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Skeletal Muscle Modulates Huntington's Disease Pathogenesis in Mice: Role of Physical Exercise

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JournalJournal of Experimental Neuroscience
DateAccepted/In press - 10 Oct 2018
DatePublished (current) - 30 Oct 2018
Volume12
Number of pages3
Original languageEnglish

Abstract

Huntington's disease (HD) is a monogenic fatal neurodegenerative disorder. However, there is increasing evidence that HD is a pleiotropic systemic disorder. In particular, skeletal muscle metabolism is greatly affected in HD, which in turn can have a major impact on whole-body metabolism and energetic balance. Throughout an unbiased mutagenesis approach in HD mice, we have found that Scn4a, a skeletal muscle-specific sodium channel gene, is a modifier of the disease. Mutations in Scn4a enhance HD disease progression and weight loss by accelerating muscle waste and cachexia, increasing skeletal muscle activity and energy demands. At the molecular level, Scn4a mutations activate AMP-activated protein kinase (AMPK), leading to a fibre switch towards more oxidative types. These adaptations seen in HD; Scn4a double mutant muscles are similar to those observed in healthy individuals after endurance exercise training regimes. This prompted us to assess the effects of an endurance exercise regime in HD mice, independently showing that skeletal muscle adaptations leading to the activation of AMPK are detrimental for HD pathogenesis. Although it is undeniable that physical exercise can lead to many health benefits, our work shows that, at least under certain situations such as in HD, an endurance exercise routine could be a detrimental therapeutic option.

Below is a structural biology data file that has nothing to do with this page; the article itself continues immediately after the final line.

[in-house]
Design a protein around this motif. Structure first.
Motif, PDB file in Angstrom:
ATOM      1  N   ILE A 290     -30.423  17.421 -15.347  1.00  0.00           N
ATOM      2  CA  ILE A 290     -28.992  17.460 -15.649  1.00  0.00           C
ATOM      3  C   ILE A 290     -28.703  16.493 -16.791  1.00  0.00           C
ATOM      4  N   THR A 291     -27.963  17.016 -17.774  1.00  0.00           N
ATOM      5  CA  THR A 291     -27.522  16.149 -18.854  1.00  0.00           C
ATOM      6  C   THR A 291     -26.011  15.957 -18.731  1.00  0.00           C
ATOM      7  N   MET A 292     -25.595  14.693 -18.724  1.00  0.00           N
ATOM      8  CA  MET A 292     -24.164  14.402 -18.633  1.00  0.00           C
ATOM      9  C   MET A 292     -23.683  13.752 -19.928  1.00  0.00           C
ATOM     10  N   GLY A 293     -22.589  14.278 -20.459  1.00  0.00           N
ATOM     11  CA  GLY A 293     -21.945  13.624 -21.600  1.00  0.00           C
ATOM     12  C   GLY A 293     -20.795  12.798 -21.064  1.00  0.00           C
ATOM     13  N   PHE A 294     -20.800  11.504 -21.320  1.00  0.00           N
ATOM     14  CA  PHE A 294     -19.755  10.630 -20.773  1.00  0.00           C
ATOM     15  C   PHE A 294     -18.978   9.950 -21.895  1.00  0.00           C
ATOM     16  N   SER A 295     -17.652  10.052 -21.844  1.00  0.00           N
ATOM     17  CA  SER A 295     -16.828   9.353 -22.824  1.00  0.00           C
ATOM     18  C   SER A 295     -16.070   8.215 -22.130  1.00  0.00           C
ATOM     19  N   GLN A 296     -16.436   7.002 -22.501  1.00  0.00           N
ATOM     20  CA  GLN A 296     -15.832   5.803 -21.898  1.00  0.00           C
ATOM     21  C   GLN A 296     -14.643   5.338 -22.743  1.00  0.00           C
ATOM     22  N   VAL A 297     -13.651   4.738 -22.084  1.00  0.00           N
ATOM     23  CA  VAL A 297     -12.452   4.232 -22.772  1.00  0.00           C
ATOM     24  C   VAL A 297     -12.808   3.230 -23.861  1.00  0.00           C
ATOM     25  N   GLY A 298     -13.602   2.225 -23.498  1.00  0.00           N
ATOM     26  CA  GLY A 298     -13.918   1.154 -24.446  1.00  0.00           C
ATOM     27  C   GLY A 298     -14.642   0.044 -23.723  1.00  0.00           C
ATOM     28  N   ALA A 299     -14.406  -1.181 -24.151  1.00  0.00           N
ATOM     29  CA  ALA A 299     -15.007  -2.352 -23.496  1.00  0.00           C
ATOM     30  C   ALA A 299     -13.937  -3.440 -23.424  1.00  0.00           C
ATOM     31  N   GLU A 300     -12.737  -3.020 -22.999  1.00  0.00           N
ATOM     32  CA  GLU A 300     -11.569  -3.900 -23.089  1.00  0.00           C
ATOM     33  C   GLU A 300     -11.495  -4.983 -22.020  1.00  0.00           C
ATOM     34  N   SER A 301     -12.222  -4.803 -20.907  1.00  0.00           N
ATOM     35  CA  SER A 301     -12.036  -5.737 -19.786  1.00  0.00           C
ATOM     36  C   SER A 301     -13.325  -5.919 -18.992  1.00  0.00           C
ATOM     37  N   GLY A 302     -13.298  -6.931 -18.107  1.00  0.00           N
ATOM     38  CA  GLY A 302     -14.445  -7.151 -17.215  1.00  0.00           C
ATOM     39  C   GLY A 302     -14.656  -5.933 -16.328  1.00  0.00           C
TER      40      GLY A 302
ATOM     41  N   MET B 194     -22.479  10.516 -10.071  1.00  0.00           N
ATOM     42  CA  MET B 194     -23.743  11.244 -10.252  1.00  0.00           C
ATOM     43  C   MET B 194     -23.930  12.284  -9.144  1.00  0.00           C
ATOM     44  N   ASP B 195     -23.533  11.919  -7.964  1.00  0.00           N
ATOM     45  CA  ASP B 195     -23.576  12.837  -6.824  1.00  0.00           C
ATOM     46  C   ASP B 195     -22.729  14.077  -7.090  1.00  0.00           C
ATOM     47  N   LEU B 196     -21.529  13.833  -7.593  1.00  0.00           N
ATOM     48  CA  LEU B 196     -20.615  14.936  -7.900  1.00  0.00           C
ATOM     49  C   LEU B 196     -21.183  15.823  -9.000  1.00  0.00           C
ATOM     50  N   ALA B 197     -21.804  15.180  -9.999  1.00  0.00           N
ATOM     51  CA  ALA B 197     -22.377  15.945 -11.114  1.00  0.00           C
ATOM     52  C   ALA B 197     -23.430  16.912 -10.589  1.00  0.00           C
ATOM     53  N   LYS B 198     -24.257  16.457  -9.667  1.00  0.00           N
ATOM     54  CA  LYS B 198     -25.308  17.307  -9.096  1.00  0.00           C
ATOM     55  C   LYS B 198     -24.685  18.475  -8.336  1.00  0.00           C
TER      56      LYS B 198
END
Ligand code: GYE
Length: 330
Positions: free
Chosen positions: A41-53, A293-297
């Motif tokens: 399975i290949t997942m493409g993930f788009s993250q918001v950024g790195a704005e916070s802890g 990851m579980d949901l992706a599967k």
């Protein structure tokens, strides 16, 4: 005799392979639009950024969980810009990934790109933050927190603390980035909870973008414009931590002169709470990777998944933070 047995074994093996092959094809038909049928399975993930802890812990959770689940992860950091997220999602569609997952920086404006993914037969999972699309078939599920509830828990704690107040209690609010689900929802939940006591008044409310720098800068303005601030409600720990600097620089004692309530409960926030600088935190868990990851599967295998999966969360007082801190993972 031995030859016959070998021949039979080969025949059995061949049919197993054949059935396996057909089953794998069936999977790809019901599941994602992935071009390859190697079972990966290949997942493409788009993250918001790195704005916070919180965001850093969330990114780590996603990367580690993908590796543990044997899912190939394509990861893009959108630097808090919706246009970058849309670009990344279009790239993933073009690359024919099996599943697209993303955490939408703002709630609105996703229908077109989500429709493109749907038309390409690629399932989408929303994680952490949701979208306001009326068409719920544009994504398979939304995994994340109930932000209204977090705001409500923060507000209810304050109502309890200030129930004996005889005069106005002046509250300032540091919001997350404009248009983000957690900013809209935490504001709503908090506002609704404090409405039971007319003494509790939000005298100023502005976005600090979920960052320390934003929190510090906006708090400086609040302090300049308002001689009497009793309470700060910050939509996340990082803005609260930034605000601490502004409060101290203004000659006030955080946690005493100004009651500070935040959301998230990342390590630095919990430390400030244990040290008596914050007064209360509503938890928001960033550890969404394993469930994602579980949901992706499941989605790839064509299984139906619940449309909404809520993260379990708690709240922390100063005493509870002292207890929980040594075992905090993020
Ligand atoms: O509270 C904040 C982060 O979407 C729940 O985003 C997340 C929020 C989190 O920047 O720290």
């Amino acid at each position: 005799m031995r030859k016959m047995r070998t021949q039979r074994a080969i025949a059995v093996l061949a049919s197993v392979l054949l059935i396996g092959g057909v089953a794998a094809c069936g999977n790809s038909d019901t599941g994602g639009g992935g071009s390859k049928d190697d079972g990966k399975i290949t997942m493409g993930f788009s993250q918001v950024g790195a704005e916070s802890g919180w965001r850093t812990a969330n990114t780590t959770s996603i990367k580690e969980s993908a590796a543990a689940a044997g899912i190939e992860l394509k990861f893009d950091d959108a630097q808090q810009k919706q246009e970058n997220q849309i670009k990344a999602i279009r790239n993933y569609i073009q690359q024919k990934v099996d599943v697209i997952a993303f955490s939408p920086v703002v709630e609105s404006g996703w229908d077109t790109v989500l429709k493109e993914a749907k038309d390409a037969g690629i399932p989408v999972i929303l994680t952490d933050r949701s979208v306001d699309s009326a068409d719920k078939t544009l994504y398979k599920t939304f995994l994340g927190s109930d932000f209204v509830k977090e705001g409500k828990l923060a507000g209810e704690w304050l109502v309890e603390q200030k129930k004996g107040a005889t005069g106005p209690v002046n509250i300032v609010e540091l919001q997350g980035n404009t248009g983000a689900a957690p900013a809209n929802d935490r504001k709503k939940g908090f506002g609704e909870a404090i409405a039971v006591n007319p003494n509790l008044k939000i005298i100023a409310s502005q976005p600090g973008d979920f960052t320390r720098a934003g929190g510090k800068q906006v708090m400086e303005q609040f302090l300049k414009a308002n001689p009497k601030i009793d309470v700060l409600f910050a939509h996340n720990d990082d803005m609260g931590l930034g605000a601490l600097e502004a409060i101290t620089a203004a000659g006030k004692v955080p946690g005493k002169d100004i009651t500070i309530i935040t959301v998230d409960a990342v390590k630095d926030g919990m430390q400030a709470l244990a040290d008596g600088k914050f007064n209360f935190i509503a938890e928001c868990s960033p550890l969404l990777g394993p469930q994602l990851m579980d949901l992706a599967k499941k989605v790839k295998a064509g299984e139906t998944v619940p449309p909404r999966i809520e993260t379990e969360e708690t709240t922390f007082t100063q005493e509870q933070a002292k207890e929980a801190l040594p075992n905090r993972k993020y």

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© The Author(s) 2018

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